Title: La Mashera Del Demonio (The Mask of Satan, aka Black Sunday)
Director: Mario Bava
Cast: Barbara Steele, John Richardson, Ivo Garrini, Arturo Dominici
Running time: 87 minutes
Notable for: Being banned in the UK until 1968
1960 saw a trio of horror films released that broke new ground in the genre, generated varying levels of controversy and have since gone on to be regarded as classics - Michael Powell's Peeping Tom, Alfred Hitchcock's Psycho and Italian director Mario Bava's The Mask of Satan. Whilst Powell and Hitchcock's movies were contemporary in both theme and style, Bava's official directorial début took classic themes - vampirism/witchcraft/resurrection - and updated them for the modern era with healthy doses of onscreen violence. Containing scream queen Barbara Steele's breakthrough role as the vampire-witch Asa Vajda, The Mask of Satan was banned in the UK until 1968 and often censored in house before screenings in the US due to its gruesome scenes. Bava, who began working as a cinematographer, including a stint working for Roberto Rossellini, had unofficially directed or completed direction on seven previous films, but it was The Mask of Satan and its critical and box office success that brought him international recognition.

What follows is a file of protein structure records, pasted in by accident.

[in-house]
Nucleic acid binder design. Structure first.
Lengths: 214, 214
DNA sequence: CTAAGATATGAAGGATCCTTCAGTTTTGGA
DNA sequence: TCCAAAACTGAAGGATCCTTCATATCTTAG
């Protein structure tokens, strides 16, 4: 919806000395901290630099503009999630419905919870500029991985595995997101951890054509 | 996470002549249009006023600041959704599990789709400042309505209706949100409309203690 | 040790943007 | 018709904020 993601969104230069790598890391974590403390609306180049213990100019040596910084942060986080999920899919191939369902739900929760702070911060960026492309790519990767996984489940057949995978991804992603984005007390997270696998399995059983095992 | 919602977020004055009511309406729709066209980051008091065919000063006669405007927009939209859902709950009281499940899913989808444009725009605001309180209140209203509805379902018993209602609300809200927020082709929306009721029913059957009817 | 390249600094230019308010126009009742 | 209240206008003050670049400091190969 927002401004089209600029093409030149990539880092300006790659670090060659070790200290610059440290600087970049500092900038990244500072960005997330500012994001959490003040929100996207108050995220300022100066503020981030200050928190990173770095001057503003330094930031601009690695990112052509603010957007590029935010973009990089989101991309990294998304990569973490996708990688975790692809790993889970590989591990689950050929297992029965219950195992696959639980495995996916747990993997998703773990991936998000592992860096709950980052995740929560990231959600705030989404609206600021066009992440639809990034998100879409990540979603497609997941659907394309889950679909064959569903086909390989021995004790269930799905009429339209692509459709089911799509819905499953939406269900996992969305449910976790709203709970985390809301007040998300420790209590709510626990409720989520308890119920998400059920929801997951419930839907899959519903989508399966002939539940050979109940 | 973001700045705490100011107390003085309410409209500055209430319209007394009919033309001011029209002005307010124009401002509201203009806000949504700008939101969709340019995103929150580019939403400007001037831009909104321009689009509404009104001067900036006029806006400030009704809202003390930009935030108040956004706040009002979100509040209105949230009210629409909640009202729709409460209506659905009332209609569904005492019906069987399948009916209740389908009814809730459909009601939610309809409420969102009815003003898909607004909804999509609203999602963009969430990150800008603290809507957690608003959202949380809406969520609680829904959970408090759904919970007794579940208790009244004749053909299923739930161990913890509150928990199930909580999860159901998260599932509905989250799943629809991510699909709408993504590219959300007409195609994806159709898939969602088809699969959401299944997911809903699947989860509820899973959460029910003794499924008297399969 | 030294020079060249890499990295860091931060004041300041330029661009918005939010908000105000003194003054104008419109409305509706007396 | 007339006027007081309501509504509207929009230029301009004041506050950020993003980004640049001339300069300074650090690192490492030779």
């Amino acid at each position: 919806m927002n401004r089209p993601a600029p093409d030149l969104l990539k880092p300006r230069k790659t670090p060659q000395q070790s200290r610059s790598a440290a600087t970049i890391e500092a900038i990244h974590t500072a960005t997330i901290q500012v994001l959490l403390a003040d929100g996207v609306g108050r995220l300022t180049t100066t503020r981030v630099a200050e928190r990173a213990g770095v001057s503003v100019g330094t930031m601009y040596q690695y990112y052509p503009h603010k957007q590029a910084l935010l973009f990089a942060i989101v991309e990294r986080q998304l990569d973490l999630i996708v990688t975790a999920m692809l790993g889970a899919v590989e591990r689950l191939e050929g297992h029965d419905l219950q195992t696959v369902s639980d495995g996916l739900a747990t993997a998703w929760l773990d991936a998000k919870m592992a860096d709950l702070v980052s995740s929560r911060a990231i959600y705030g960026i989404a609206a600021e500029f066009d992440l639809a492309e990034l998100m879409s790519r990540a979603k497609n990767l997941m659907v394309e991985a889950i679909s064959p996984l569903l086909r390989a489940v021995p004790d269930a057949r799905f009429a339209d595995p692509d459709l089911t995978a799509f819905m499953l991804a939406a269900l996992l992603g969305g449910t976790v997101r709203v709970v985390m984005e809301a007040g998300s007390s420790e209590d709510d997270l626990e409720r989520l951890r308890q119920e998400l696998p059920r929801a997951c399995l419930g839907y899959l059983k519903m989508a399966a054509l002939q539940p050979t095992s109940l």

Undeniably atmospheric and shot through with memorable imagery, The Mask of Satan may appear tame to modern audiences used to torture porn but it made Bava the Godfather of Italian horror movies and paved the way for his son Lamberto and fellow countrymen Dario Argento and Lucio Fulci's later careers in the horror and Giallo genres. Italian film-making is rightly lauded for giving the world neo-realism, but their contribution to horror cinema is not to be underestimated.